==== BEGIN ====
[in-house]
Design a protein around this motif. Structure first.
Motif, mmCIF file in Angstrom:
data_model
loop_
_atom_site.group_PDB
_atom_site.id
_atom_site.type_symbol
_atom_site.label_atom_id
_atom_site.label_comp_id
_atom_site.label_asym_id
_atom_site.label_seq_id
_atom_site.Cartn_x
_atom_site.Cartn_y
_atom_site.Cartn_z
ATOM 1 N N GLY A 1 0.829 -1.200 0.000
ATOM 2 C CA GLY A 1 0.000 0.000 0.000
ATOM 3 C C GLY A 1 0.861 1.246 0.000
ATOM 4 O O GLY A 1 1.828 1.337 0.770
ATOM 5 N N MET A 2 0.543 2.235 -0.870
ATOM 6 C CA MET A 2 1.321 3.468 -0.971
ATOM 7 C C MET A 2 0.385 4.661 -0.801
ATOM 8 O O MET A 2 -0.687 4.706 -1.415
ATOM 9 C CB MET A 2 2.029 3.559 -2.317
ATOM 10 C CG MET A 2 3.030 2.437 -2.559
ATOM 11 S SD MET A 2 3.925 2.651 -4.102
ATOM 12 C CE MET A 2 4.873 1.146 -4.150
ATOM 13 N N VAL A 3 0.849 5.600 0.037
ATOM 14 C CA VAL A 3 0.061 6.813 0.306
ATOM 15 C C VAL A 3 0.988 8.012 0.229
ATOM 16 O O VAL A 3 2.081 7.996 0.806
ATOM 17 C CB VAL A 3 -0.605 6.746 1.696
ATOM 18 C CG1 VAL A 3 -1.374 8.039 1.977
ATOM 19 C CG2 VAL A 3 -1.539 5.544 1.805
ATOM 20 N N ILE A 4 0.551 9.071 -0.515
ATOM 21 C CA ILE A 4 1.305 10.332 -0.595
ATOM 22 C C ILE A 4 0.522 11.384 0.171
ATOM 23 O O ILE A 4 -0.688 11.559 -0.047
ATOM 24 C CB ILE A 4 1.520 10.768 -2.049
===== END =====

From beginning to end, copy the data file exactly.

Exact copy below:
[in-house]
Design a protein around this motif. Structure first.
Motif, mmCIF file in Angstrom:
data_model
loop_
_atom_site.group_PDB
_atom_site.id
_atom_site.type_symbol
_atom_site.label_atom_id
_atom_site.label_comp_id
_atom_site.label_asym_id
_atom_site.label_seq_id
_atom_site.Cartn_x
_atom_site.Cartn_y
_atom_site.Cartn_z
ATOM 1 N N GLY A 1 0.829 -1.200 0.000
ATOM 2 C CA GLY A 1 0.000 0.000 0.000
ATOM 3 C C GLY A 1 0.861 1.246 0.000
ATOM 4 O O GLY A 1 1.828 1.337 0.770
ATOM 5 N N MET A 2 0.543 2.235 -0.870
ATOM 6 C CA MET A 2 1.321 3.468 -0.971
ATOM 7 C C MET A 2 0.385 4.661 -0.801
ATOM 8 O O MET A 2 -0.687 4.706 -1.415
ATOM 9 C CB MET A 2 2.029 3.559 -2.317
ATOM 10 C CG MET A 2 3.030 2.437 -2.559
ATOM 11 S SD MET A 2 3.925 2.651 -4.102
ATOM 12 C CE MET A 2 4.873 1.146 -4.150
ATOM 13 N N VAL A 3 0.849 5.600 0.037
ATOM 14 C CA VAL A 3 0.061 6.813 0.306
ATOM 15 C C VAL A 3 0.988 8.012 0.229
ATOM 16 O O VAL A 3 2.081 7.996 0.806
ATOM 17 C CB VAL A 3 -0.605 6.746 1.696
ATOM 18 C CG1 VAL A 3 -1.374 8.039 1.977
ATOM 19 C CG2 VAL A 3 -1.539 5.544 1.805
ATOM 20 N N ILE A 4 0.551 9.071 -0.515
ATOM 21 C CA ILE A 4 1.305 10.332 -0.595
ATOM 22 C C ILE A 4 0.522 11.384 0.171
ATOM 23 O O ILE A 4 -0.688 11.559 -0.047
ATOM 24 C CB ILE A 4 1.520 10.768 -2.049